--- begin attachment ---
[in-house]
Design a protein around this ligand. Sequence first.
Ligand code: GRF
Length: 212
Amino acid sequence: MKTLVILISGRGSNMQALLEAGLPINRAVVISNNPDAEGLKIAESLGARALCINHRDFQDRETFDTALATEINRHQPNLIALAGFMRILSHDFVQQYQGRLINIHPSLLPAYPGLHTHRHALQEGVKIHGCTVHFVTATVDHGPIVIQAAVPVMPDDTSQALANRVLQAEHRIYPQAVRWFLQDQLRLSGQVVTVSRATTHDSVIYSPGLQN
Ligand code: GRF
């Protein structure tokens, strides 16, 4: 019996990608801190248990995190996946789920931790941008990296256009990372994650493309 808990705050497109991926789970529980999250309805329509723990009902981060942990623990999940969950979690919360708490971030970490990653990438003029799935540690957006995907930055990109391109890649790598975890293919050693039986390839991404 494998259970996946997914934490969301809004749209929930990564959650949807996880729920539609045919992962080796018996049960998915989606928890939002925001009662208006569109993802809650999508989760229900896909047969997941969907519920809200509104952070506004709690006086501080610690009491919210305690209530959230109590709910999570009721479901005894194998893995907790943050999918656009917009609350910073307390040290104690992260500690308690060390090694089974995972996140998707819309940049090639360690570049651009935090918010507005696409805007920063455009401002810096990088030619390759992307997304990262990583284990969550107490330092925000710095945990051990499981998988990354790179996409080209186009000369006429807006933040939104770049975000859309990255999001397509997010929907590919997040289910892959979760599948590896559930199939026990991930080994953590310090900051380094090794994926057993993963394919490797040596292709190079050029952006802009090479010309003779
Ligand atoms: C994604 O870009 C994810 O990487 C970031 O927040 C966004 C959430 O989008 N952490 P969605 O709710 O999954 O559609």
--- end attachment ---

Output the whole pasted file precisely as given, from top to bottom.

[in-house]
Design a protein around this ligand. Sequence first.
Ligand code: GRF
Length: 212
Amino acid sequence: MKTLVILISGRGSNMQALLEAGLPINRAVVISNNPDAEGLKIAESLGARALCINHRDFQDRETFDTALATEINRHQPNLIALAGFMRILSHDFVQQYQGRLINIHPSLLPAYPGLHTHRHALQEGVKIHGCTVHFVTATVDHGPIVIQAAVPVMPDDTSQALANRVLQAEHRIYPQAVRWFLQDQLRLSGQVVTVSRATTHDSVIYSPGLQN
Ligand code: GRF
């Protein structure tokens, strides 16, 4: 019996990608801190248990995190996946789920931790941008990296256009990372994650493309 808990705050497109991926789970529980999250309805329509723990009902981060942990623990999940969950979690919360708490971030970490990653990438003029799935540690957006995907930055990109391109890649790598975890293919050693039986390839991404 494998259970996946997914934490969301809004749209929930990564959650949807996880729920539609045919992962080796018996049960998915989606928890939002925001009662208006569109993802809650999508989760229900896909047969997941969907519920809200509104952070506004709690006086501080610690009491919210305690209530959230109590709910999570009721479901005894194998893995907790943050999918656009917009609350910073307390040290104690992260500690308690060390090694089974995972996140998707819309940049090639360690570049651009935090918010507005696409805007920063455009401002810096990088030619390759992307997304990262990583284990969550107490330092925000710095945990051990499981998988990354790179996409080209186009000369006429807006933040939104770049975000859309990255999001397509997010929907590919997040289910892959979760599948590896559930199939026990991930080994953590310090900051380094090794994926057993993963394919490797040596292709190079050029952006802009090479010309003779
Ligand atoms: C994604 O870009 C994810 O990487 C970031 O927040 C966004 C959430 O989008 N952490 P969605 O709710 O999954 O559609």